Becoming A Phlebotomist: What Is Involved?
There can be any number of good reasons for wanting to become a phlebotomist. A few examples might include wanting to find a more secure job setting; another might be to work in a medical field where you get to help others, and one more might be that you want to change careers but do not want to spend a lot of time training for a new line of work. All of these are valid reasons for becoming a phlebotomist. But, what does it take to become one? Let's look into that.
The time required to complete your phlebotomist training can vary a great deal. It can run from a few months up to a couple of years if you wish to get your training through a community college. Because the main job of a phlebotomist is to properly collect blood, this training is critical, and as such, those interested in becoming a phlebotomist should attend the best training course that they have available to them.
The best phlebotomists are those who not only master the technical skills of drawing blood but also have good organizational skills. It is also important that the person be able to get along with others and be able to put those they are working on at ease. These skills are important because more and more facilities are hiring qualified phlebotomists. You may find yourself working in clinics, blood banks, hospitals, nursing homes, or labs.
To become a working phlebotomist you must obtain the education that is required by the state in which you work. These requirements vary a great deal from one state to another. Generally, you can complete this education within four months to a year (community college may take up to two years). You will need to have at least a high school GED in order to begin your training.
While it is possible (in most states) to take some of your required courses online, you will have to attend in-class courses as well. This is the only way that you can get the hand's on training that you need in order to properly set your equipment, become familiar with the different collecting methods, and actually draw blood from another person. Some examples of coursework that you may be able to take online include human anatomy and physiology, theoretical studies, and some course associated with administrative duties. But, to keep in mind that you cannot become a working phlebotomist through online studies alone.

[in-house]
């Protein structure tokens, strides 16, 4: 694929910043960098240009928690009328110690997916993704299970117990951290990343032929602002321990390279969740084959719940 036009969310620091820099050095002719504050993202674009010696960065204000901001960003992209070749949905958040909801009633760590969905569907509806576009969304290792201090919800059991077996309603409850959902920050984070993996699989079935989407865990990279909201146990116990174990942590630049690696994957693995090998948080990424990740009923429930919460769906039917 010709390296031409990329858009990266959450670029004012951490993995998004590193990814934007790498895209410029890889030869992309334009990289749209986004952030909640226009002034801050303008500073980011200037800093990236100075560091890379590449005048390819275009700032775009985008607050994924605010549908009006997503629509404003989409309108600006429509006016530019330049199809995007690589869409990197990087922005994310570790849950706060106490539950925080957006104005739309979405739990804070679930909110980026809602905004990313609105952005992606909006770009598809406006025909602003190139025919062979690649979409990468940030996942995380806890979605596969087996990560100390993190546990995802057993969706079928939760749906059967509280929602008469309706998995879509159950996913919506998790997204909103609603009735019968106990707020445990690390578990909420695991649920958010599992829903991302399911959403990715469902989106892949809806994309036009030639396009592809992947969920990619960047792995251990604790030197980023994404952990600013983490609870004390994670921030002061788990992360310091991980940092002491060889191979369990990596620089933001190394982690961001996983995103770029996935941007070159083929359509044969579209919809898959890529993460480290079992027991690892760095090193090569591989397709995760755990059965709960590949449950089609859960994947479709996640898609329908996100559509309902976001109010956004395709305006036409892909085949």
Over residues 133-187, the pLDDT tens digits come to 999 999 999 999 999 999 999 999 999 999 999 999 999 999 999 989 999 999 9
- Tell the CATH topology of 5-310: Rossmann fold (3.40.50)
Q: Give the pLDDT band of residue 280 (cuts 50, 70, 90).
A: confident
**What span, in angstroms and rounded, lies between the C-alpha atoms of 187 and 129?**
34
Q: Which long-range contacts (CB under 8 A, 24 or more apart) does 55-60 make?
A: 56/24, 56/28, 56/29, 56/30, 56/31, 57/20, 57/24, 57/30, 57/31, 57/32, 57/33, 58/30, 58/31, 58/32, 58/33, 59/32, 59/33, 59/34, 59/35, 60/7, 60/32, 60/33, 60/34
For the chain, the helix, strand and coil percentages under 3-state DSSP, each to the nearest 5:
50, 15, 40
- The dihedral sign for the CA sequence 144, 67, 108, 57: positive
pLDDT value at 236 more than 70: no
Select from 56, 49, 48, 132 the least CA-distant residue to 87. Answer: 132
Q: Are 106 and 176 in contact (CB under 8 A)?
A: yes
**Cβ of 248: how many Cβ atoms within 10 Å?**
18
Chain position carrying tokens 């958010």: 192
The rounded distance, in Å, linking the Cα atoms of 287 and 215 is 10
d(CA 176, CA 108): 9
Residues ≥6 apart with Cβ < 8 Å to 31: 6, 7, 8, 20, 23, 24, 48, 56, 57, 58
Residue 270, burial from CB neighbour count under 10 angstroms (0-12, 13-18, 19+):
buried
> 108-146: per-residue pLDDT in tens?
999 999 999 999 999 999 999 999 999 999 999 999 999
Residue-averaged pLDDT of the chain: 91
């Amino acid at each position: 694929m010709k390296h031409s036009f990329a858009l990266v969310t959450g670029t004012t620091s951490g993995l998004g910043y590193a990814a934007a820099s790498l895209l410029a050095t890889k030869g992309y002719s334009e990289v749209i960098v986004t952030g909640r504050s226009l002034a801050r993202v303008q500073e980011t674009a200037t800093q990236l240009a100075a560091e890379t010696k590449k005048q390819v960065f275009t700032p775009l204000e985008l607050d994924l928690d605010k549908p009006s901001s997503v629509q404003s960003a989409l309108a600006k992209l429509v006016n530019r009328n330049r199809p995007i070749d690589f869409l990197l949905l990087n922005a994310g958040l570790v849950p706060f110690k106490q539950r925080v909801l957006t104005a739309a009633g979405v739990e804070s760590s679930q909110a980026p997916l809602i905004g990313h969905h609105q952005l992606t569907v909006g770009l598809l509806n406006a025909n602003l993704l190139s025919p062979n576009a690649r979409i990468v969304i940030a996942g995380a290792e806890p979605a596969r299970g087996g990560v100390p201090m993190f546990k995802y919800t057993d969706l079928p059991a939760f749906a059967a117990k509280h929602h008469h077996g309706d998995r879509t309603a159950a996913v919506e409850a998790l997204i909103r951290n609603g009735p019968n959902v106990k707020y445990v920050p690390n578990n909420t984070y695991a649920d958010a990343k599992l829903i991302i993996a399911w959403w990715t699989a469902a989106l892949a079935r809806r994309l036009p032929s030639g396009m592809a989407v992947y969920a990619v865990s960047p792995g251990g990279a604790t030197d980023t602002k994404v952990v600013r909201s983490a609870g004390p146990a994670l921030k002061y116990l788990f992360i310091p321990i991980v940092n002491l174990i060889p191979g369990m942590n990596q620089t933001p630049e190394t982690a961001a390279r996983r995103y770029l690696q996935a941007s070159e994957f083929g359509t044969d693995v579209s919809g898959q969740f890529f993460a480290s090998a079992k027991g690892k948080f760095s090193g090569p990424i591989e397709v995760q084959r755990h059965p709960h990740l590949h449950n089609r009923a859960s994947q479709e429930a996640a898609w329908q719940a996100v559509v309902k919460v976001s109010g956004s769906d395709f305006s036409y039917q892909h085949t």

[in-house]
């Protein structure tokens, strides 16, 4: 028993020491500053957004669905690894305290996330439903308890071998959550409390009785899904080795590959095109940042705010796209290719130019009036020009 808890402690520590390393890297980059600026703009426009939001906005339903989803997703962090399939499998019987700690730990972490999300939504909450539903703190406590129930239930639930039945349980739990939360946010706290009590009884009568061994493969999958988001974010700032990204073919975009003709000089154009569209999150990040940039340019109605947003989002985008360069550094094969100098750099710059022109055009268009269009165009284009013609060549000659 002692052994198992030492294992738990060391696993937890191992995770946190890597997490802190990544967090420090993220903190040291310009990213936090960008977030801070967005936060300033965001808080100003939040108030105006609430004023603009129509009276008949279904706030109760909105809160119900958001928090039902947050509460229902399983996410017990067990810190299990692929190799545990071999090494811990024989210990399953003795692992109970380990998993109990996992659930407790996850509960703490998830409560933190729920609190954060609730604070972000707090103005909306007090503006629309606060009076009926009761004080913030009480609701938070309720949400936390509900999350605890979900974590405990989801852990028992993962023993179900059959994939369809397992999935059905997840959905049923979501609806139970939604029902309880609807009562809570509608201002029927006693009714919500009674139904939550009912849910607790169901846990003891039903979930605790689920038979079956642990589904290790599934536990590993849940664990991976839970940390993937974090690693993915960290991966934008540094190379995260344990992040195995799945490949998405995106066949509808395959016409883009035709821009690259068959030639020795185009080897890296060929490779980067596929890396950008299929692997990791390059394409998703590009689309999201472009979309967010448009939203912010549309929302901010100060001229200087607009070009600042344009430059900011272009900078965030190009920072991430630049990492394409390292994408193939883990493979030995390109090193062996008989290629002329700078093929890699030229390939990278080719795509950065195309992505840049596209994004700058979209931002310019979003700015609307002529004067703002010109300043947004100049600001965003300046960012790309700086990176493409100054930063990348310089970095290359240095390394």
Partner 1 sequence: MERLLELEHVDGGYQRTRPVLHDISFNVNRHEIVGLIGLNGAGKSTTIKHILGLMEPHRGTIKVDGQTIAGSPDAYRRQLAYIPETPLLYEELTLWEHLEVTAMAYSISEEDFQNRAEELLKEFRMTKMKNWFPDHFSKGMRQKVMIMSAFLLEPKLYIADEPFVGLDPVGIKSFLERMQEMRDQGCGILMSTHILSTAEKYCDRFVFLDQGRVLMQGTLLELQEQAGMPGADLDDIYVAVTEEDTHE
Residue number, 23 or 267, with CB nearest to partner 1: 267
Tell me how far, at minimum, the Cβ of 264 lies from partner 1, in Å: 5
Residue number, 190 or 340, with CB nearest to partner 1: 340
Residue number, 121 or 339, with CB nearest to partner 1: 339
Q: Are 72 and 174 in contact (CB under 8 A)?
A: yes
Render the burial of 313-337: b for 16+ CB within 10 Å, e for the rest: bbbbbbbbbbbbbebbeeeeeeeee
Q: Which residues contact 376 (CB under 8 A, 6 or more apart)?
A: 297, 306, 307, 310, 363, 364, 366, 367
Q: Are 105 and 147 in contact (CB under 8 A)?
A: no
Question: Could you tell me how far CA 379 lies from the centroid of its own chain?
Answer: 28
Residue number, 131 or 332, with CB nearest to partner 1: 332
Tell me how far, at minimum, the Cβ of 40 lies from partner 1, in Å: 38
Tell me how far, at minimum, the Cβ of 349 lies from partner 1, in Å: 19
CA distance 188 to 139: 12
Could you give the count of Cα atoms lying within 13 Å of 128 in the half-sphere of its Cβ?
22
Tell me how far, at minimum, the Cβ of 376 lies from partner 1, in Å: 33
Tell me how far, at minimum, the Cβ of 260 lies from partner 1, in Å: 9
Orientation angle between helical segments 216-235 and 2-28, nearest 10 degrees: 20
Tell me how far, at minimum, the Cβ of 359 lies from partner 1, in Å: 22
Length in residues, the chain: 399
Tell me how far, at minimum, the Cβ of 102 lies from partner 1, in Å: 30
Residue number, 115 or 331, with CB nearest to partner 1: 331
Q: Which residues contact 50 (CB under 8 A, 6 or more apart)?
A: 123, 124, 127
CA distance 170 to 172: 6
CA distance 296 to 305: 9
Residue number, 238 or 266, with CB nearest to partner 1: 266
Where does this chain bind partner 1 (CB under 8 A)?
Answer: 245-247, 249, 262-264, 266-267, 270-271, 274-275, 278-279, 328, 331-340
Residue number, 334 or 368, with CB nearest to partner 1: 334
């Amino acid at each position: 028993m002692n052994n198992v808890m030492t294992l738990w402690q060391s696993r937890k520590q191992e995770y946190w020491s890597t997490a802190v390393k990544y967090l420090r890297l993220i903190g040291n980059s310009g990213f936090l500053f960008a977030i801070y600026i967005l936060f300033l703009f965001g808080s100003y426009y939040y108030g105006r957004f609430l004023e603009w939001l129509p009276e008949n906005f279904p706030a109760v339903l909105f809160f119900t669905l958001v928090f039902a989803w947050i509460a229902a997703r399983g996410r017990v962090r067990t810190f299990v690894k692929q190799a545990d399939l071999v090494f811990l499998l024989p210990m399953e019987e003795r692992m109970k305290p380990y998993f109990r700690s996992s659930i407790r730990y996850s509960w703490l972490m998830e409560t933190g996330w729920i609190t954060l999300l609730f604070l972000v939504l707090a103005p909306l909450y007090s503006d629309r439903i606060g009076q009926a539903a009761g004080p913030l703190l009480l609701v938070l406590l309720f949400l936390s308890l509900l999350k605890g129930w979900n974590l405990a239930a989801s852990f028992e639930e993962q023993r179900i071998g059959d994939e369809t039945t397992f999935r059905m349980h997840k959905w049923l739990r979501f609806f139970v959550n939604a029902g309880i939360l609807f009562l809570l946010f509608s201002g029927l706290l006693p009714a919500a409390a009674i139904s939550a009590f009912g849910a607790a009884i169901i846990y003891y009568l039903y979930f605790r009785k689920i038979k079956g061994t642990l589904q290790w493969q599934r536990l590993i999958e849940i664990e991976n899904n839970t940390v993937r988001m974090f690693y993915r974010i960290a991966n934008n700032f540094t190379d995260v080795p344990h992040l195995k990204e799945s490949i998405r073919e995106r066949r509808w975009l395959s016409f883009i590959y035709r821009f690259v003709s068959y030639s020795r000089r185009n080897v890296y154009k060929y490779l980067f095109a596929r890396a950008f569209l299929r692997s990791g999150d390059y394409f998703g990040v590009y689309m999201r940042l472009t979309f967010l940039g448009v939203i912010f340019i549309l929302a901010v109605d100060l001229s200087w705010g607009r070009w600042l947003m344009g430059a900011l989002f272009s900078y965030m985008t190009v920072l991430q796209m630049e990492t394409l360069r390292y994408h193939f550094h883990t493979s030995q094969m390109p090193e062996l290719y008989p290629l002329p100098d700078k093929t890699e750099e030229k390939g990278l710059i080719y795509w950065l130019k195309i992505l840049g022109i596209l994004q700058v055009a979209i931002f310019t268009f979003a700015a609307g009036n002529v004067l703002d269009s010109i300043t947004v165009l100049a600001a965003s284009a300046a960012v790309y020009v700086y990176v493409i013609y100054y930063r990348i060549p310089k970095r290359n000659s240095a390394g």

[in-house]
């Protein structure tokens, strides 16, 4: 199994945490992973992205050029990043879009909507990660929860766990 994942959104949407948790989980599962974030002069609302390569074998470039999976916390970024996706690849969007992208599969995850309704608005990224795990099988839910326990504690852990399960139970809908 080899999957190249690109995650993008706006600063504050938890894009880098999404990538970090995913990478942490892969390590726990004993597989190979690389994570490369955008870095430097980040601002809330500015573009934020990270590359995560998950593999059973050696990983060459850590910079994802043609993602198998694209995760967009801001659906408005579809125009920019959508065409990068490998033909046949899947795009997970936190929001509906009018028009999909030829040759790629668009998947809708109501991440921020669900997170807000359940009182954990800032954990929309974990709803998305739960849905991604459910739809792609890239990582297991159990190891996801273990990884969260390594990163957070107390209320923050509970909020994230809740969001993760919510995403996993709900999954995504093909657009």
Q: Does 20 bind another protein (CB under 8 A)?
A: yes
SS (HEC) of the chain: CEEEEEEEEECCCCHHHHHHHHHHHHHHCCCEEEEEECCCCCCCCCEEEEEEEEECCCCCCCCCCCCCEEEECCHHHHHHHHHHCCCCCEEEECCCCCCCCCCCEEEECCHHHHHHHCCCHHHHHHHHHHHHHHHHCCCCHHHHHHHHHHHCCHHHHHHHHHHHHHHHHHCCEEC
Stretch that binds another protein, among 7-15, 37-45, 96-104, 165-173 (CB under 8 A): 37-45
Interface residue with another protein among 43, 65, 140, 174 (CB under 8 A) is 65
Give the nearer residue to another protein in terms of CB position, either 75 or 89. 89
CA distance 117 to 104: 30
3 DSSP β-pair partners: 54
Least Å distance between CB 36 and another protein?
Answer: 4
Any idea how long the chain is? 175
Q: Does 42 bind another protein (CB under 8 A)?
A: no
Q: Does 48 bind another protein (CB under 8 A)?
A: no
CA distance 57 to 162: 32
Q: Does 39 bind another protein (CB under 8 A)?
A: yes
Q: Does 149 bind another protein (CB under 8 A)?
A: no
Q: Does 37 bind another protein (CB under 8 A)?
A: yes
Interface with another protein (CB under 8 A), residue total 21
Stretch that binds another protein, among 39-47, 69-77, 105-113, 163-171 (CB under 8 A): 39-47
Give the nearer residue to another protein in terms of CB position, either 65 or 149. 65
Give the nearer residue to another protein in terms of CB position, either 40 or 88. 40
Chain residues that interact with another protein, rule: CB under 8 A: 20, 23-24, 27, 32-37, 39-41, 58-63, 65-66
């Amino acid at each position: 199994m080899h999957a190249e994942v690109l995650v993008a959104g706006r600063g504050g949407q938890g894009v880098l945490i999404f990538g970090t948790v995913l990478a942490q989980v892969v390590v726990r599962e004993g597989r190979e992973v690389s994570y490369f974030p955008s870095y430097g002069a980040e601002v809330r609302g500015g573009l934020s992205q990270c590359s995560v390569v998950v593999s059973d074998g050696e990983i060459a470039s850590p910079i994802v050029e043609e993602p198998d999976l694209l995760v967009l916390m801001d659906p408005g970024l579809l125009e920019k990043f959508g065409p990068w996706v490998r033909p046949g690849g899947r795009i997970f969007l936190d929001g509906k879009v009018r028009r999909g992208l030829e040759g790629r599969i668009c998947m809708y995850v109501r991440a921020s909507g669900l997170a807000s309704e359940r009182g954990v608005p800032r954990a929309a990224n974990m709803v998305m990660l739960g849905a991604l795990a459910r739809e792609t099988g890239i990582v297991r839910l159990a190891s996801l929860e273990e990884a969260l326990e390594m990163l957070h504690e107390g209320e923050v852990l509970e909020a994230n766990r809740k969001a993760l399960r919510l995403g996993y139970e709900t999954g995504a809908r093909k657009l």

After you have your training, your state may allow you to go right to work once you secure a job. A few states, including Louisiana and California, require that you become certified first. In all instances, remember, you must first complete your education before you will be allowed to sit for the phlebotomist certification exam. NOTE: In some cases, it is possible to take a phlebotomist exam if you have extensive, hand's on experience.
It is a good idea to get your certification regardless of whether your state requires it. More and more facilities are electing to only hire phlebotomists who have been certified. They do this for two reasons. The first is that they know that those who are certified have the level of education and knowledge needed to perform to high standards. The second reason more facilities are opting to only hire certified phlebotomists is because it reduces their exposure to legal issues and malpractice suits.
The best phlebotomist certifications come from one of three institutions: The Association for Phlebotomy Technicians, The American Society for Clinical Pathology, and The National Phlebotomy Association. Being certified by one of these esteemed institutions is what you want to strive for.
Another benefit to being certified is that it can often lead to higher paying jobs. This can be important for those who want to make the most of their training. Being certified can also lead to faster promotions within a facility. And, lastly, being certified gives you the freedom to explore just about any opportunity that may present itself. In other words, you will be prepared and ready to apply for, and qualify for, more positions.
If you are looking for a more secure job, would like to work in the medical field, and are willing to spend some time taking courses, becoming a phlebotomist may be what you are looking for. Job growth for this type of employment is expected to increase over the next decade.